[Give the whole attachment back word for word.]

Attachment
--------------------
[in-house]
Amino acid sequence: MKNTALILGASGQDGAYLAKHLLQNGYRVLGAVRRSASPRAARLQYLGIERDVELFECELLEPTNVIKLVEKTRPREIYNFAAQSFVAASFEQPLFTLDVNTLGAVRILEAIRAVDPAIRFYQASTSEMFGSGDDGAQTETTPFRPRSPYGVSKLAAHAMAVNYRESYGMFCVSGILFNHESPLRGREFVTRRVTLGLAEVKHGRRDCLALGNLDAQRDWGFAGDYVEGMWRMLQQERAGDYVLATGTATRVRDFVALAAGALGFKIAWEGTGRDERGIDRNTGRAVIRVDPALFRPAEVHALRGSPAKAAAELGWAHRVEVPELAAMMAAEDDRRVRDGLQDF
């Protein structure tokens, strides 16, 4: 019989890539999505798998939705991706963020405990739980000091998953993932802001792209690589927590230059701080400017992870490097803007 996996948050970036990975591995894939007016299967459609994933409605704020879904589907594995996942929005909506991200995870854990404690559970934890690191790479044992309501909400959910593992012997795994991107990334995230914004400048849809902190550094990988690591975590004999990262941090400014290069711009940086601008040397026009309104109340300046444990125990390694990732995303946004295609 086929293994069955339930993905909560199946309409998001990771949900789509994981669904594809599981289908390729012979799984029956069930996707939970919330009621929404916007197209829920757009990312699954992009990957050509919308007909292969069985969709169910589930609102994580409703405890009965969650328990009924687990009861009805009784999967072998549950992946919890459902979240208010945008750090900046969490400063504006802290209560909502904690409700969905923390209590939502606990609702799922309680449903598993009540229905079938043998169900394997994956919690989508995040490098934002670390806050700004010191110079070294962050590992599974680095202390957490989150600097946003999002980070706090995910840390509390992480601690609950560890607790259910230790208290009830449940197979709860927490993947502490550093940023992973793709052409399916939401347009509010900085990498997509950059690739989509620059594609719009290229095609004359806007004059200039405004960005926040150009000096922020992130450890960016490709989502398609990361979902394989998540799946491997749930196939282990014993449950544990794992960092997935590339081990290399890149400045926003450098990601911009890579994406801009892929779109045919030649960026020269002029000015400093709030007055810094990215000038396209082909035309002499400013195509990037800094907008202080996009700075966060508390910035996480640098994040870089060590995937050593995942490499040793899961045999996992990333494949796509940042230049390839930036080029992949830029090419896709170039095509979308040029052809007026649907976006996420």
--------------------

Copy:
[in-house]
Amino acid sequence: MKNTALILGASGQDGAYLAKHLLQNGYRVLGAVRRSASPRAARLQYLGIERDVELFECELLEPTNVIKLVEKTRPREIYNFAAQSFVAASFEQPLFTLDVNTLGAVRILEAIRAVDPAIRFYQASTSEMFGSGDDGAQTETTPFRPRSPYGVSKLAAHAMAVNYRESYGMFCVSGILFNHESPLRGREFVTRRVTLGLAEVKHGRRDCLALGNLDAQRDWGFAGDYVEGMWRMLQQERAGDYVLATGTATRVRDFVALAAGALGFKIAWEGTGRDERGIDRNTGRAVIRVDPALFRPAEVHALRGSPAKAAAELGWAHRVEVPELAAMMAAEDDRRVRDGLQDF
């Protein structure tokens, strides 16, 4: 019989890539999505798998939705991706963020405990739980000091998953993932802001792209690589927590230059701080400017992870490097803007 996996948050970036990975591995894939007016299967459609994933409605704020879904589907594995996942929005909506991200995870854990404690559970934890690191790479044992309501909400959910593992012997795994991107990334995230914004400048849809902190550094990988690591975590004999990262941090400014290069711009940086601008040397026009309104109340300046444990125990390694990732995303946004295609 086929293994069955339930993905909560199946309409998001990771949900789509994981669904594809599981289908390729012979799984029956069930996707939970919330009621929404916007197209829920757009990312699954992009990957050509919308007909292969069985969709169910589930609102994580409703405890009965969650328990009924687990009861009805009784999967072998549950992946919890459902979240208010945008750090900046969490400063504006802290209560909502904690409700969905923390209590939502606990609702799922309680449903598993009540229905079938043998169900394997994956919690989508995040490098934002670390806050700004010191110079070294962050590992599974680095202390957490989150600097946003999002980070706090995910840390509390992480601690609950560890607790259910230790208290009830449940197979709860927490993947502490550093940023992973793709052409399916939401347009509010900085990498997509950059690739989509620059594609719009290229095609004359806007004059200039405004960005926040150009000096922020992130450890960016490709989502398609990361979902394989998540799946491997749930196939282990014993449950544990794992960092997935590339081990290399890149400045926003450098990601911009890579994406801009892929779109045919030649960026020269002029000015400093709030007055810094990215000038396209082909035309002499400013195509990037800094907008202080996009700075966060508390910035996480640098994040870089060590995937050593995942490499040793899961045999996992990333494949796509940042230049390839930036080029992949830029090419896709170039095509979308040029052809007026649907976006996420």